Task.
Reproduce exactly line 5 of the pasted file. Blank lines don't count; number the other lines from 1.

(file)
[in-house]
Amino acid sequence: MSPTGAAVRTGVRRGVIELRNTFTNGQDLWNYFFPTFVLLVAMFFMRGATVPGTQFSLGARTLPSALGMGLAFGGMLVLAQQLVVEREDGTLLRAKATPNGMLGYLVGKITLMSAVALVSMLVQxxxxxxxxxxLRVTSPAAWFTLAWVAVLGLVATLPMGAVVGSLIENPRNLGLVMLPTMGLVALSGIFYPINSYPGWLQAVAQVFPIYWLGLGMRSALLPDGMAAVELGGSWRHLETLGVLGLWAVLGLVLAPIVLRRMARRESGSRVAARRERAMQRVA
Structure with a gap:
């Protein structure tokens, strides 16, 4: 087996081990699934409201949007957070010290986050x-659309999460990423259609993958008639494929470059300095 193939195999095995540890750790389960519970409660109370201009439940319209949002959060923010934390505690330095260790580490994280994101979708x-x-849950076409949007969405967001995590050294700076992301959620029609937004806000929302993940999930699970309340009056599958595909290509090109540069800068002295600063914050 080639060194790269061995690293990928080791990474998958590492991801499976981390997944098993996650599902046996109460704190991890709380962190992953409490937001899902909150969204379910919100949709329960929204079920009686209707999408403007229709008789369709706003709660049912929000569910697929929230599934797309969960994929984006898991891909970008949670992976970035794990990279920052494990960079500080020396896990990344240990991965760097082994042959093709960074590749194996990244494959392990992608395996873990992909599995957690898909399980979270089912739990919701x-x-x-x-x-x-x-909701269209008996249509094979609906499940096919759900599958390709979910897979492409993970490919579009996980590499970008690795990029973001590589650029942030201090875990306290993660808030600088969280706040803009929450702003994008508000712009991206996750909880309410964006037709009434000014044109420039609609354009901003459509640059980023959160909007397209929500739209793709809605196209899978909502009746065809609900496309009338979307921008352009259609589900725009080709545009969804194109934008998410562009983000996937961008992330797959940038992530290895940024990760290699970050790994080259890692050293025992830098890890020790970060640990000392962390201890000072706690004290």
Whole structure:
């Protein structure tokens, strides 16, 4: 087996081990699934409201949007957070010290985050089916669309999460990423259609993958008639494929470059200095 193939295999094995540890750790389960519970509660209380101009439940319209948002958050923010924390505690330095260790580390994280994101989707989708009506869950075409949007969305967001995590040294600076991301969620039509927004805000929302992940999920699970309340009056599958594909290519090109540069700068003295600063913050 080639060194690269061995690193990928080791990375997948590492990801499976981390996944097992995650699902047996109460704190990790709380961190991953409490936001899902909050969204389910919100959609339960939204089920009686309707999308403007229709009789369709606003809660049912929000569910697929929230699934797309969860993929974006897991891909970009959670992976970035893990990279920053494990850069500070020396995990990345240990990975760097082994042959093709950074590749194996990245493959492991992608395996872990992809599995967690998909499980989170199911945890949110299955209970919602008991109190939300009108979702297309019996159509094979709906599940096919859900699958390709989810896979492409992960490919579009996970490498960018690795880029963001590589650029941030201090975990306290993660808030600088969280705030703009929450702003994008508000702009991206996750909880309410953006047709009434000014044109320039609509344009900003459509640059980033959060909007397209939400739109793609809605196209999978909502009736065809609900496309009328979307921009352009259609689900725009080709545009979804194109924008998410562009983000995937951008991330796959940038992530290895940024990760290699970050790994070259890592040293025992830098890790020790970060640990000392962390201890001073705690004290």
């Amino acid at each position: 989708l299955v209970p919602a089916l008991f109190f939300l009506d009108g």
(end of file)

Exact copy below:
Whole structure: